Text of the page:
'A punk version of Bentleyville': Duluth artists create alternative holiday attraction

Boubville, a three-night pop-up produced by The Embassy collective, is an offbeat complement to the Christmas City of the North's Bayfront light display.

Lights shine on the #Boubville letters
Lights illuminate "#BOUBVILLE" letters displayed in the driveway of a residence at 311 W. Fourth St., Duluth, on Dec. 7. Boubville will be held at the property Thursday through Saturday.
Dan Williamson / Duluth News Tribune

DULUTH — Ollie Morris realized, stringing lights around a cone of wooden spindles just tall enough to reach the ceiling of a Central Hillside neighborhood garage, that a little research was in order.

"I feel like I should Google it," said Morris. "What does the Bentleyville tree look like?"

Welcome to Boubville mural
A mural reads "Welcome to Boubville" on a garage wall at 311 W. Fourth St. in Duluth.
Dan Williamson / Duluth News Tribune

It was late afternoon last Wednesday, eight days before 311 W. Fourth St. was to open for a three-night run as "Boubville" — rhymes with "tubeville." A call for volunteers describes Boubville as "a punk version of Bentleyville."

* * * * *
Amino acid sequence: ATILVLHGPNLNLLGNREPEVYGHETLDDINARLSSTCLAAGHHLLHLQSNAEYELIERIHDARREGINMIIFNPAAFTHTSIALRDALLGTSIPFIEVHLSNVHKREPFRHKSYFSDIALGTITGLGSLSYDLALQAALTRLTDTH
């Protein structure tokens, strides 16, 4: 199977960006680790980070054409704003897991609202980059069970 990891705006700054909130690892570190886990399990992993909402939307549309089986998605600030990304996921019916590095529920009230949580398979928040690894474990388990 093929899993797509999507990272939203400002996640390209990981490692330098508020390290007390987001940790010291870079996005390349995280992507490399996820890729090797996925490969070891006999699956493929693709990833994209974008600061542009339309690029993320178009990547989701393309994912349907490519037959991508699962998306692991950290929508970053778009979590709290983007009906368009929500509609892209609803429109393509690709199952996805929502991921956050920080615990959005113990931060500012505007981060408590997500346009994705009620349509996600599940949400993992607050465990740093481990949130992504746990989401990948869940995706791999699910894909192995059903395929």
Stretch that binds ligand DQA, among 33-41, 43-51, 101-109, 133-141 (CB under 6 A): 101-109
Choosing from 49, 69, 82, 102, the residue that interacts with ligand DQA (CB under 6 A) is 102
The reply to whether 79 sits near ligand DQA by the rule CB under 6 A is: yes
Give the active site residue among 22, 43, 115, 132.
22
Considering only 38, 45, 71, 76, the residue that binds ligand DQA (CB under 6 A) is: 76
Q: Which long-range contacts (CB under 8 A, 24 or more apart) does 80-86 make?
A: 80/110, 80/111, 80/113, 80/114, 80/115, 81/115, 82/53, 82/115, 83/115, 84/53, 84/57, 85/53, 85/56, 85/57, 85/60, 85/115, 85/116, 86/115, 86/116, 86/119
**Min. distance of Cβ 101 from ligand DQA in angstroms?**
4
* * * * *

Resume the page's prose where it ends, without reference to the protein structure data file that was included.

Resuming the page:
"It was just wanting to do something silly, goofy, almost a little stupid," said one of the artists in the garage with Morris, carrying three-dimensional letters for a sign that would read "#Boubville." "Then it kept evolving."

Two men talking
Daniel Benoit, of Duluth, right, has a conversation with Allen Richardson, left, during a Boubville prep day Dec. 7 at Benoit's residence at 311 W. Fourth St.
Dan Williamson / Duluth News Tribune

Daniel Benoit is a member of The Embassy, the artists' collective behind Boubville. Benoit and his partner live in the house where Boubville is being staged.


"It started out when Bentleyville was drive-thru," said Benoit. "Our warehouse space is off Railroad Street, and so for a whole month, we had traffic block our entrance."

At first, the idea of an alternative holiday event was just a joke. Benoit remembered the artists thinking, "What if we did our own Bentleyville and just did a little detour and it was all the little weird art in Duluth, instead of classic Christmas?"

Replica reindeer and Santa's sleigh display for Boubville
A four-legged skeleton replica plays the role of Rudolph the Red-Nosed Reindeer as part of an artistic sleigh display at a residence at 311 W. Fourth St. A lawnmower serves as a sleigh.